Interview with Craig Parry, CEO of IsoEnergy (TSX-V: ISO).

Uranium is stagnant, we all know it, and until utility companies go to the market for new material, rather than relying on their stockpiles, so we want to know what exactly uranium companies are doing to ensure their survival until the uranium price comes back. Is IsoEnergy doing what's right and are they doing enough?

IsoEnergy is a uranium junior operating out of Vancouver. It is listed on the TSX-V and are drilling in the eastern part of the Athabasca Basin.

We wanted to cut straight to the Crux here. IsoEnergy recently raised around CAD$6.7M, of which CA$3.5 was flow-through dollars to support exploration programs for the "next six months." Is that long enough for price discovery? The remaining CAD$3.2M "hard dollars" was provided mainly (CAD$2.9M) by NexGen Energy, a sizeable Uranium Development company also based in Vancouver. Both companies share some of the same board members and NexGen holds about 50% of the ISO Energy. IsoEnergy has managed to raise capital "relatively" easily which is of some comfort especially of you look at the institutional holders of the stock: something many uranium juniors struggle with, but it's now a matter of what they actually do with it.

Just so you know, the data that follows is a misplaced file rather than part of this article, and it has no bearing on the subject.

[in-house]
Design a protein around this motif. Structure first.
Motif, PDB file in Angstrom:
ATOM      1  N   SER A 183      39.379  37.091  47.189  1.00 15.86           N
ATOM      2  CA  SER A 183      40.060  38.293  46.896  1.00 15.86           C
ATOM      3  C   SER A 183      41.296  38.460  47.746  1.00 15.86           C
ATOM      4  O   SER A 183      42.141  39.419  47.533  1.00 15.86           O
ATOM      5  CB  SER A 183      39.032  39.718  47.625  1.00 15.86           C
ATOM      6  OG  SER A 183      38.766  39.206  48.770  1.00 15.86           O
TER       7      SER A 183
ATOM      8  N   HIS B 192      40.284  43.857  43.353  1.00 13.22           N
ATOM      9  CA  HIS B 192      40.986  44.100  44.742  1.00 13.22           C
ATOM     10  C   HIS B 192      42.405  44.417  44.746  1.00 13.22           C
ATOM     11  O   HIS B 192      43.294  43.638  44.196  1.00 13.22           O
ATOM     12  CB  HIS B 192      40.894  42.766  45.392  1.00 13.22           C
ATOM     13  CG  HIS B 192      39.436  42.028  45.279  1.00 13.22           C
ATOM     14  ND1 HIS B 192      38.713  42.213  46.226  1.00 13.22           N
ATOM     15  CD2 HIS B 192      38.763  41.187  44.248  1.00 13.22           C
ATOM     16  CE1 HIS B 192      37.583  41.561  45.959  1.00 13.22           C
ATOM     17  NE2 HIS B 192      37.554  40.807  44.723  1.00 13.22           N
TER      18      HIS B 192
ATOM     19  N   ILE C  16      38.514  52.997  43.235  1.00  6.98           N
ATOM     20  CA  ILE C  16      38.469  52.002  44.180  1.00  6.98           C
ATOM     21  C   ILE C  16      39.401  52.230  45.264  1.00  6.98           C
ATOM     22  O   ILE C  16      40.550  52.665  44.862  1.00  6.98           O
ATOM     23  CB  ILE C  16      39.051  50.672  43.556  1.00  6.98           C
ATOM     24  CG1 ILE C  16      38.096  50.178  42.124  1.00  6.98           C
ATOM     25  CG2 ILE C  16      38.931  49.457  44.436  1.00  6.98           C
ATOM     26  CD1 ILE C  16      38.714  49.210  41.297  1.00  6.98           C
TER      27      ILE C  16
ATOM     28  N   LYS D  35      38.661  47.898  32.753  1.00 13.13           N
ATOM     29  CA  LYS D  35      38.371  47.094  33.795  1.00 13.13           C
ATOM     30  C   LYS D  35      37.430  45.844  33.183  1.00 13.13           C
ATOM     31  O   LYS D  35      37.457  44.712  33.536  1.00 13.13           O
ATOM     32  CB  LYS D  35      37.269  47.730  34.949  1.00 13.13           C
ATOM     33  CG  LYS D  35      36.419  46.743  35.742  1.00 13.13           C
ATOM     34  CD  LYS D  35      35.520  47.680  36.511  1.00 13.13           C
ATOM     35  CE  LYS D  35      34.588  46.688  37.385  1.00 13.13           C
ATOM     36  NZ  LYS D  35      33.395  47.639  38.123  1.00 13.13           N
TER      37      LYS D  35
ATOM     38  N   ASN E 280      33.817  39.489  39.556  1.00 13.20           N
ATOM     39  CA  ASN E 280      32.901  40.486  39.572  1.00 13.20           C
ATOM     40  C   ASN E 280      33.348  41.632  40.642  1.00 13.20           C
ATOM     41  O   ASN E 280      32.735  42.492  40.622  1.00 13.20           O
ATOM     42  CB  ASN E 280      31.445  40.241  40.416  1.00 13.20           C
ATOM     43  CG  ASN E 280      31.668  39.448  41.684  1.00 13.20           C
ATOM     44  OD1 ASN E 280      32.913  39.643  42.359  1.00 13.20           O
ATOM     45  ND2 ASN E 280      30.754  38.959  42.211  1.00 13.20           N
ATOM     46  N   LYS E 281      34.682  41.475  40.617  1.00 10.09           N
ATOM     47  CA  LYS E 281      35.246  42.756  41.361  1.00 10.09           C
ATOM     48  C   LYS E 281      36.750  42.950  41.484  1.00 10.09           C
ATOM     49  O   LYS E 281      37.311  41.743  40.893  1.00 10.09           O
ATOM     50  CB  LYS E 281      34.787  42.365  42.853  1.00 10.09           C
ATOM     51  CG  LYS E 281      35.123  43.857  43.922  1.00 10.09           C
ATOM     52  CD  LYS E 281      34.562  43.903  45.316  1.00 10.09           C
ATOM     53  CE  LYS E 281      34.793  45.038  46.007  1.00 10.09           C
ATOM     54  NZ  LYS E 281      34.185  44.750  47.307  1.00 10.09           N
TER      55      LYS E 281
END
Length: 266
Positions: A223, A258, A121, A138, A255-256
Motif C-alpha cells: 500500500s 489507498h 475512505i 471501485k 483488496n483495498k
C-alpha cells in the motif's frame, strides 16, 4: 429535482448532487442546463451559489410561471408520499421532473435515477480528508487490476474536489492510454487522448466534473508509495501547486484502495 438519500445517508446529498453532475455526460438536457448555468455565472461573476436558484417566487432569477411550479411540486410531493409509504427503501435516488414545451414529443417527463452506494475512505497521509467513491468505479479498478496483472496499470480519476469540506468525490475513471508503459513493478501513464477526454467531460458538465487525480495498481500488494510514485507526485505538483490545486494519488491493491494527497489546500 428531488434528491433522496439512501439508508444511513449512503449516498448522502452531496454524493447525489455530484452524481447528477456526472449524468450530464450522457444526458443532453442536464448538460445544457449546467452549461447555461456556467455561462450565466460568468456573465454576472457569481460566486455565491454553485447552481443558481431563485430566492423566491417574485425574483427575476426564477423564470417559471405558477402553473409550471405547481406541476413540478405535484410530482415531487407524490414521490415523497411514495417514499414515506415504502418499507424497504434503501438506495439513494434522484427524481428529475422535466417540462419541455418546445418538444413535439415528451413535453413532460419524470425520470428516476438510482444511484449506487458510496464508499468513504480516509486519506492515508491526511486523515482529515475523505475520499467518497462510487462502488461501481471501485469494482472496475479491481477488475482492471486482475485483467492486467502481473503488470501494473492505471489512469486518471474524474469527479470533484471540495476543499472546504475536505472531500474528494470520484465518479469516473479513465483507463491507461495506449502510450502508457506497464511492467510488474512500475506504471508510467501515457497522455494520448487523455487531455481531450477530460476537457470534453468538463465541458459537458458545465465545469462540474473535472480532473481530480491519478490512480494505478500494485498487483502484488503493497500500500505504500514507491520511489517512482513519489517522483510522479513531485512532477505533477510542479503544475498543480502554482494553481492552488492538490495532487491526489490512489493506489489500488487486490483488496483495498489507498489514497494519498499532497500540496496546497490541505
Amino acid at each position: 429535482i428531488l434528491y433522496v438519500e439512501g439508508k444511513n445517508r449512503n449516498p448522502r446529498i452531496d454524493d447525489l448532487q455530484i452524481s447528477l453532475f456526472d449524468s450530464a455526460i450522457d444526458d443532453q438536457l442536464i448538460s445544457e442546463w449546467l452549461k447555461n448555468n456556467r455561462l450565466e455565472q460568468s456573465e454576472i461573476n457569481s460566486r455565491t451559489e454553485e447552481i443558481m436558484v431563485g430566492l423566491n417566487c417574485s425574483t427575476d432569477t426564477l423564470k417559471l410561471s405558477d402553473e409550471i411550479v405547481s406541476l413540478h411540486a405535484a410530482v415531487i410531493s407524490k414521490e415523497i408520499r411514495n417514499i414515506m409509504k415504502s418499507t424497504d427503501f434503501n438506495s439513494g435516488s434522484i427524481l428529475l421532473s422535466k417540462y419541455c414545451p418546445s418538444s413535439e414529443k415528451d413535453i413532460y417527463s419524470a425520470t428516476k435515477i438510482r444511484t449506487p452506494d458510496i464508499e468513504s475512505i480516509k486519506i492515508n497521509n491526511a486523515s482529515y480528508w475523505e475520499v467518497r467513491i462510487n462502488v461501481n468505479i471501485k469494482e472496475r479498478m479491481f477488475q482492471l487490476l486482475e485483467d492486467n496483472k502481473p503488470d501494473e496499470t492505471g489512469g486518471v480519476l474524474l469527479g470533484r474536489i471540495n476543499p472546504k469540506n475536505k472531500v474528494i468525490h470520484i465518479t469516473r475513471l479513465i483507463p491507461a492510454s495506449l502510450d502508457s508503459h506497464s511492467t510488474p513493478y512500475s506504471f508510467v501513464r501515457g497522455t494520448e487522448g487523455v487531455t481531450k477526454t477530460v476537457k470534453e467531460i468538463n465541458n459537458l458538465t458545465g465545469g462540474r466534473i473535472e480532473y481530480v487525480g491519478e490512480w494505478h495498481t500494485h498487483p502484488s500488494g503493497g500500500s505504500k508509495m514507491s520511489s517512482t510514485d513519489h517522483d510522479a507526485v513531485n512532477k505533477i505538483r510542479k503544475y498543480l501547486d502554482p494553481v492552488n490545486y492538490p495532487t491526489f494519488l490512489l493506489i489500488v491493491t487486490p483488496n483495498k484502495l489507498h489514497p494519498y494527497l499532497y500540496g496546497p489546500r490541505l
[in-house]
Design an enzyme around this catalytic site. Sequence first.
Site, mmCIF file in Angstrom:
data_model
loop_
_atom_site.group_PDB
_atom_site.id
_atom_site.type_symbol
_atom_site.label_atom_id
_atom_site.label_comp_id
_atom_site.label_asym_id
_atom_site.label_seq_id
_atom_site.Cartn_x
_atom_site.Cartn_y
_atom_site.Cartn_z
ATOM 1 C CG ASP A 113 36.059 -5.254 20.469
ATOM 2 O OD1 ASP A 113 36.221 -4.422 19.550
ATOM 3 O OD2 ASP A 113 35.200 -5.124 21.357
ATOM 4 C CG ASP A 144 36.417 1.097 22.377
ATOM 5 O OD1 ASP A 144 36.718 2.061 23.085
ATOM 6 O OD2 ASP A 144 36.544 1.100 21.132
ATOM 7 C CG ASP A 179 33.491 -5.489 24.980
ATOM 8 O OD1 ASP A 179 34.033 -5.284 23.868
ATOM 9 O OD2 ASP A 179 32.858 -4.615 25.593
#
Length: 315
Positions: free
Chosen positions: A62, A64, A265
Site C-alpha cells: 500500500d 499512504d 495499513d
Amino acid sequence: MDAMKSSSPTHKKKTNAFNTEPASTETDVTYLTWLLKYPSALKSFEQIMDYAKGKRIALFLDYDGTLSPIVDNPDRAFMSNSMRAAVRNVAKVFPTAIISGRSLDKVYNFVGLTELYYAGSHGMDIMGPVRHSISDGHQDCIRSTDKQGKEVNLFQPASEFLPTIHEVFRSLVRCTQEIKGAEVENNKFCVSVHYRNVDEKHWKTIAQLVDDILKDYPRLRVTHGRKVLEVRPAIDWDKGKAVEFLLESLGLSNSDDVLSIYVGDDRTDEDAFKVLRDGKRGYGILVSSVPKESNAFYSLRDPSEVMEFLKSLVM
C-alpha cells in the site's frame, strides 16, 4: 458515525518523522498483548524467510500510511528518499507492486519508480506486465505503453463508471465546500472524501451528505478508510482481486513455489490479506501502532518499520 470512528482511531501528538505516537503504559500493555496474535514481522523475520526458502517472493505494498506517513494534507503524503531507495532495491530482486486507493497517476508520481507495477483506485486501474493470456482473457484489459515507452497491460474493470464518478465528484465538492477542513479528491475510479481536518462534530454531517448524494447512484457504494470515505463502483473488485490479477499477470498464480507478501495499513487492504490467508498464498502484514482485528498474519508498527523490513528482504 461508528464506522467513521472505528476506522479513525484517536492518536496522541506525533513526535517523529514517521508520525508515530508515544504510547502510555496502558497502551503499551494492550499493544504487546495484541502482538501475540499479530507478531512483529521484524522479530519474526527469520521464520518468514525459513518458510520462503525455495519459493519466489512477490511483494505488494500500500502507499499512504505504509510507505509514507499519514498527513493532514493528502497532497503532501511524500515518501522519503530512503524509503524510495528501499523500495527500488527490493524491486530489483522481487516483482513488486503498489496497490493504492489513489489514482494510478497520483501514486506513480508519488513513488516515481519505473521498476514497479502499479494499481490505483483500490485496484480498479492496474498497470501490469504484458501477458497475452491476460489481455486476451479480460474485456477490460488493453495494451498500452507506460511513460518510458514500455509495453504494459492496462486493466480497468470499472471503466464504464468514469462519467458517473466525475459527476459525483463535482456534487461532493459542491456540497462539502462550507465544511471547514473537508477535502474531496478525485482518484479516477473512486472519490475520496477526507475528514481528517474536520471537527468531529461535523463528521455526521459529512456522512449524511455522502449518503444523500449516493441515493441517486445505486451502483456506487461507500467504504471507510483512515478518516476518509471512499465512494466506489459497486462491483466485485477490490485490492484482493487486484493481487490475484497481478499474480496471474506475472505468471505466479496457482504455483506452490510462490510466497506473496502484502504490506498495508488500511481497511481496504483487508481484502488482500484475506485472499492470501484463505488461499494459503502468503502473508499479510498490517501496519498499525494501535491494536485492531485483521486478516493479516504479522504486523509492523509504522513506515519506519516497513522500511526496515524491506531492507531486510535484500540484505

IsoEnergy has options. We ask Parry what he is going to focus on. Parry is confident of the quality of the asset, and claims their upcoming drill program is likely to provide positive results, thus growing the company. IsoEnergy's assets are based in a prolific uranium region, in a highly stable mining constituency, but is this enough to stand out from the competition? What else does IsoEnergy have going for itself?

The reality is not a lot of people seem to be talking about IsoEnergy. It could be a case of uranium being a bit of an echo chamber space at the moment, but is it more than a solid story falling on deaf ears? Is IsoEnergy doing enough to get their story out there? Are retail investors being targeted effectively? Is it just the case that IsoEnergy's story isn't enough to get picked out from the crowd? Whatever the reason IsoEnergy will need to act quickly and decisively to protect the interests of existing shareholders.

IsoEnergy started the year with a share price of CAD$0.48, but now sits at CAD$0.43. Parry is correct in that this is a better stock price performance to many of the other struggling uranium juniors, but in comparison to the market as a whole? Parry has a lot of work to do before IsoEnergy can add value for existing shareholders, who are growing increasingly frustrated. IsoEnergy has a market cap of CAD$32M.

Interview highlights:

  • Recent Raise: How Much Did They Raise, Where From and How Easy Was it?
  • Spending the Money: How are They Creating Value?
  • Promotion: Why is No One Talking About IsoEnergy?
  • The Future: Market Predictions and Setting IsoEnergy up for Success

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